Mobile Health for Maternal Health: The Tech Answer to High Maternal Mortality Rates

Posted by on September 27, 2014 in Articles | 0 comments

Mobile Health for Maternal Health: The Tech Answer to High Maternal Mortality Rates
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Mobile Health for Maternal Health: The Tech Answer to High Maternal Mortality Rates

When I think of rural health clinics and all the challenges that these healthcare practitioners face–lack of clean water, stable electricity, and basic medical supplies, I can’t help but skip over cell phones as a potential solution for maternal deaths. Mobile phones, however, are pervasive. Of the six billion people on the planet, 4.8 billion own a cell phone and the number of mobile broadband connections in developing countries is increasing. (Allen, 2014) With the proliferation of phones, the opportunity to spread health information through this technology (known as mobile health) is endless, especially in the maternal health field.

Every day, 800 women die from pregnancy and childbirth related complications. The vast majority of these deaths occur in developing countries, and tragically, many of these deaths are entirely preventable. Mothers are not dying because the health system does not know how to treat them, but instead expectant mothers lack access to skilled care at birth, emergency obstetric services, and health information.

Information is power, something that many organizations have taken to heart and consequently focused their efforts on improving the health of mothers across the world. There are at least one billion women who own mobile phones in low- and middle-income countries, places that tend to have higher maternal mortality rates and desperately need improvements in maternal health care. The Mobile Alliance for Maternal Action, founded by Hillary Clinton in 2011, provides health information to women throughout their pregnancy and the following year via text messages through the MAMA initiative. After a successful pilot project in Bangladesh, MAMA expanded to provide mobile health services to mothers in India and South Africa.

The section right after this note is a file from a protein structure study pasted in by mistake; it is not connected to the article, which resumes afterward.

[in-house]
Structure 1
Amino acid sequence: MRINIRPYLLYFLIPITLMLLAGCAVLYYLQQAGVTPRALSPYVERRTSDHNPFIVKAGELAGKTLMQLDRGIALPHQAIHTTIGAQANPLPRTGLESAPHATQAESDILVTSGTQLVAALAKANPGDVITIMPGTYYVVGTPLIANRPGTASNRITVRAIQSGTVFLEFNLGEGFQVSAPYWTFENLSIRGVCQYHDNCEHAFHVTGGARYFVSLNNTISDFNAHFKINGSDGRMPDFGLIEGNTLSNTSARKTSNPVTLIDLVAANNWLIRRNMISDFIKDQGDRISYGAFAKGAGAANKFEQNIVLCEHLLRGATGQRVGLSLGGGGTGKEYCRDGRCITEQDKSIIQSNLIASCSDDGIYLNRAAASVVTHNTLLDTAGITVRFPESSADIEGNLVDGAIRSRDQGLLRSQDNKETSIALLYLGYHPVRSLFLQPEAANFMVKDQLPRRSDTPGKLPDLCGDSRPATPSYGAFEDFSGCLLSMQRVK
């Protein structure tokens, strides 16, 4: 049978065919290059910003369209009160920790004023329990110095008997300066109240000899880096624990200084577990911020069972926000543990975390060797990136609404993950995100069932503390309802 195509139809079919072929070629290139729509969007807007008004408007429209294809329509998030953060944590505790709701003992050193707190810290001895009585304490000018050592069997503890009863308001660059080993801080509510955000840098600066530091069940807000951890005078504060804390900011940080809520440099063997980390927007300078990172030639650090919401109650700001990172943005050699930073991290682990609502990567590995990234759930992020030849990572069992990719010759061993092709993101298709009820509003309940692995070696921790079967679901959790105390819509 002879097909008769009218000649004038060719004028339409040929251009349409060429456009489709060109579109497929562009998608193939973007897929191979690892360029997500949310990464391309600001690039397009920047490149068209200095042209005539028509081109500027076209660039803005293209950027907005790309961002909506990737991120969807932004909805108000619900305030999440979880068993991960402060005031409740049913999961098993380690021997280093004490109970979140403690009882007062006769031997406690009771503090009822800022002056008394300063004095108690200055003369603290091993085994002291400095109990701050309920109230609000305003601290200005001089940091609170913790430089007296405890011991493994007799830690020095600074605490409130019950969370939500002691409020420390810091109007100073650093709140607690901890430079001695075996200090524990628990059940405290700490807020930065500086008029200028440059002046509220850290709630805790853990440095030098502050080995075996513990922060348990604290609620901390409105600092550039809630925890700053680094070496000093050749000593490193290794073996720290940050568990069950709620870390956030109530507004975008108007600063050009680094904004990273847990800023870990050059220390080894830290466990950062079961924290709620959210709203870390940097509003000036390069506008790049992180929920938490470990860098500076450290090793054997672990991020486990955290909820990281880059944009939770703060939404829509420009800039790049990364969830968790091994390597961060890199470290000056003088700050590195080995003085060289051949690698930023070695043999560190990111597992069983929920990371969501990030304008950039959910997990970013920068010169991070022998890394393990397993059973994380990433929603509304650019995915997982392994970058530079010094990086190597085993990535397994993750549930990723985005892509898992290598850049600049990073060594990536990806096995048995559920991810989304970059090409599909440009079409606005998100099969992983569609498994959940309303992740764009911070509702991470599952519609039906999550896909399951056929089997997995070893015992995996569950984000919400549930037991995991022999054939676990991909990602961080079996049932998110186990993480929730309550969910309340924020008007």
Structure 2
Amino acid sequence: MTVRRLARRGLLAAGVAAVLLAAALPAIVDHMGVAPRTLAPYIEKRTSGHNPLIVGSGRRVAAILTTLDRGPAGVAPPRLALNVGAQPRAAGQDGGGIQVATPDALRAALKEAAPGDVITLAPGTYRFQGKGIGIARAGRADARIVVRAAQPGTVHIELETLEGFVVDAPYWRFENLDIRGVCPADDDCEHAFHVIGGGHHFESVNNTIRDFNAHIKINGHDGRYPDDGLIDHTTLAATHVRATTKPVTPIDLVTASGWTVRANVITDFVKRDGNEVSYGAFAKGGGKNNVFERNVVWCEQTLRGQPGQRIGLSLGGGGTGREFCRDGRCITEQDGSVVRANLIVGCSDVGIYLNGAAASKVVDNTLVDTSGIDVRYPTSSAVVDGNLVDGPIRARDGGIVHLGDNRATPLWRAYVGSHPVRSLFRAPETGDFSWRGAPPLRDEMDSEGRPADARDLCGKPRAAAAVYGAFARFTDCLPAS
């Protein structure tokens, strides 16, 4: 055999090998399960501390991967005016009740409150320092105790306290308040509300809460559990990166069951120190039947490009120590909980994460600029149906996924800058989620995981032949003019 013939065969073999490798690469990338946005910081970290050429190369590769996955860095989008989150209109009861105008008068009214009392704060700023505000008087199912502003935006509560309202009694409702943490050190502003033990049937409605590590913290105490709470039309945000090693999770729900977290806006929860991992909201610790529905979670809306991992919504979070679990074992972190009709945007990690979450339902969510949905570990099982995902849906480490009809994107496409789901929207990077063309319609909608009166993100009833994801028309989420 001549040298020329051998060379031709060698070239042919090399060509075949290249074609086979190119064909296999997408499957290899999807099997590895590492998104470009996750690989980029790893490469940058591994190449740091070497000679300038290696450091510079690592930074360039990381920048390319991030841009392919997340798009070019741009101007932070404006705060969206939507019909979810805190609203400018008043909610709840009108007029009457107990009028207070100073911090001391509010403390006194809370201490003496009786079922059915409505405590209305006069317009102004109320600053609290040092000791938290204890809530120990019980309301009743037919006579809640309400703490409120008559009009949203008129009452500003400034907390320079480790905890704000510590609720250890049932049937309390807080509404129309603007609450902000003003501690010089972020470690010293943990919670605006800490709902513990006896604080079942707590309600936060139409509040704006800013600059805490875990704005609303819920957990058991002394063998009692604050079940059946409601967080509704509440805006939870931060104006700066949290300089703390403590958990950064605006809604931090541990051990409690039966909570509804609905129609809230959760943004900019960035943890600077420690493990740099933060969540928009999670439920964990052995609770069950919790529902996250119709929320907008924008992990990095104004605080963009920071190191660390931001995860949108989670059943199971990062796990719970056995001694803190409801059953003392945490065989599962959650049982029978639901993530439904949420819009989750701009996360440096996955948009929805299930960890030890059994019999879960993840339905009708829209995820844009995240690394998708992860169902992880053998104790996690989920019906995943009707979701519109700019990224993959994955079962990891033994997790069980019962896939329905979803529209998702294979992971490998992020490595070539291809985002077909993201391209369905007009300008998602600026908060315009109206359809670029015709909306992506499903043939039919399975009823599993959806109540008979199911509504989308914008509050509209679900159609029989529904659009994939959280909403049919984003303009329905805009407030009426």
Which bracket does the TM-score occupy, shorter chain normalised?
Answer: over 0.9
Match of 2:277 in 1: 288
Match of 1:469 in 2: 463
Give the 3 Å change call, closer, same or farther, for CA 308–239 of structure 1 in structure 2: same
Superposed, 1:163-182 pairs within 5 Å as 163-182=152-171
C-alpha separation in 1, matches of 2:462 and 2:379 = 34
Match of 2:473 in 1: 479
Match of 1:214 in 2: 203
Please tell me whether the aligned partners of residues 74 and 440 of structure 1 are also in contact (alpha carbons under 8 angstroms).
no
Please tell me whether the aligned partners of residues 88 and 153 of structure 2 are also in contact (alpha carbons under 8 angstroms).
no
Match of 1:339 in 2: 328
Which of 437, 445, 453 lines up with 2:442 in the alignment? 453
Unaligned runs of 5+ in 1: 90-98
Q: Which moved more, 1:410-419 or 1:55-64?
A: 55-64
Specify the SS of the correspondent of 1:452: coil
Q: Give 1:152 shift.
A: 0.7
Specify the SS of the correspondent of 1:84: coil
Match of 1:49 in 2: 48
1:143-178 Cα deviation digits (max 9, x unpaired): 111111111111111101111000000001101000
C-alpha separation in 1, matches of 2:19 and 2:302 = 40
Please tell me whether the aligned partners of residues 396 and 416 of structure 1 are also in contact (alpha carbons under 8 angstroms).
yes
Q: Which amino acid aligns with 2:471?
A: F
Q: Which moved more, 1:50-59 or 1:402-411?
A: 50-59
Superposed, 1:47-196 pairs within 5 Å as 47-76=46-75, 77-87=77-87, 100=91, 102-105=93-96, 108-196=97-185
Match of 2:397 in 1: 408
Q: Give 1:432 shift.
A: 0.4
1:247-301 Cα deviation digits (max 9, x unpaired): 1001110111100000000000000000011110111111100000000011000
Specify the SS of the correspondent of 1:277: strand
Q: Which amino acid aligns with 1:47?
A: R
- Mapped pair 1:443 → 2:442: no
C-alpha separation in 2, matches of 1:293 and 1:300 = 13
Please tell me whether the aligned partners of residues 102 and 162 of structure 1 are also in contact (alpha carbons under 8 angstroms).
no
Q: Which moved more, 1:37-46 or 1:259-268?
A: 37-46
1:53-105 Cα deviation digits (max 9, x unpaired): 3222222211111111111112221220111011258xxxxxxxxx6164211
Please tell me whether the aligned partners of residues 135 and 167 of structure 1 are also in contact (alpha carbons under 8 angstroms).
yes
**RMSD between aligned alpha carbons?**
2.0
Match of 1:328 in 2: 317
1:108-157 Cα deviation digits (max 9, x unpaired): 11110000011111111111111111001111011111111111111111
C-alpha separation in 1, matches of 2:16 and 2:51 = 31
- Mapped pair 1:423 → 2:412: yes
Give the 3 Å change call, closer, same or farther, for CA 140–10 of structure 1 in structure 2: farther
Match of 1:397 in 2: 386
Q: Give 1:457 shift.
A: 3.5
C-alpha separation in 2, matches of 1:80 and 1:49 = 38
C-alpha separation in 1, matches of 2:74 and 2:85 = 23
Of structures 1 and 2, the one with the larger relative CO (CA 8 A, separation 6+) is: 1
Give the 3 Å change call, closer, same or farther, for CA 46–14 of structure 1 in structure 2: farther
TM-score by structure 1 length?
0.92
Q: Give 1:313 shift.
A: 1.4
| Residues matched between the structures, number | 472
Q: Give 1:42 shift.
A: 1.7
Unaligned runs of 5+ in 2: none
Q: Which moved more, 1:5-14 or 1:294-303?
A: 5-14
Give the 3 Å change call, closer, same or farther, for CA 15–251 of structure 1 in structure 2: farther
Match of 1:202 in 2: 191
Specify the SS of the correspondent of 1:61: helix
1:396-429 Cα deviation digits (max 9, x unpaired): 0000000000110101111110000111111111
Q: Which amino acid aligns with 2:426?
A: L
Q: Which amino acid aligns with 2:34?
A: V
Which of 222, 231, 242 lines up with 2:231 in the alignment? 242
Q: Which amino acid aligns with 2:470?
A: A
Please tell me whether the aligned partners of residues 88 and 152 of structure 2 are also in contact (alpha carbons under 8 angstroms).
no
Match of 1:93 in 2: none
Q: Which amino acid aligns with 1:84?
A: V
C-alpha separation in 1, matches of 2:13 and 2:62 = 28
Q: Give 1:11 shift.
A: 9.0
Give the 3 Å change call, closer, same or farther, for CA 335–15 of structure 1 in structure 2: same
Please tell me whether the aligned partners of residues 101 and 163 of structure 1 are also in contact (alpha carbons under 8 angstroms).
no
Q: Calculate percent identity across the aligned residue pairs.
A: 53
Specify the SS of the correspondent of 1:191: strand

Expectant mothers who use a mobile health service can look forward to receiving weekly messages. These text messages or voicemails include reminders for prenatal and postnatal check-ups, information about the baby’s development, and warning signs delivered in the mother’s native language. For example, one of MAMA’s messages updates pregnant women on the development of their babies at twenty-five weeks: “Your baby’s movements will get stronger and more regular. Your baby won’t move all the time. Like you, sometimes he’ll just want to rest and sleep.” (Bekker, 2014) Another includes warning signs for anemia, a risk factor for postpartum hemorrhage: “Dizziness, headaches, and tiredness are all symptoms of low iron. Take daily iron and folic acid supplement. This should help” (MAMA, 2014)

These projects demonstrate the potential positive impact simple technology can have on maternal health. Equipped with a steady stream of updates on their pregnancies, mothers are better able to care for themselves and their newborns.


Photo Credit

Jessica Lea/Department for International Development. 2014. A life free from violence. [Photograph]. Retrieved from*

Works Cited

1. Allen, Becky. (2014). Allen and Karp: Cell Phones – The Future of Rural Health Care in South Asia. Council on Foreign Relations. Retrieved from

2. Bekker, Marcha. (2014). When Being Pregnant At Work Has Distinct Advantages. Huffington Post. Retrieved from

3. Mobile Alliance for Maternal Action. (2014). Infographic: Mobile Messages Put the Power of Health in Every MAMA’s Hand. Retrieved from


*In no way does the licensor of this image endorse SCIWHF, the content of this post, or the use of this image on this website.

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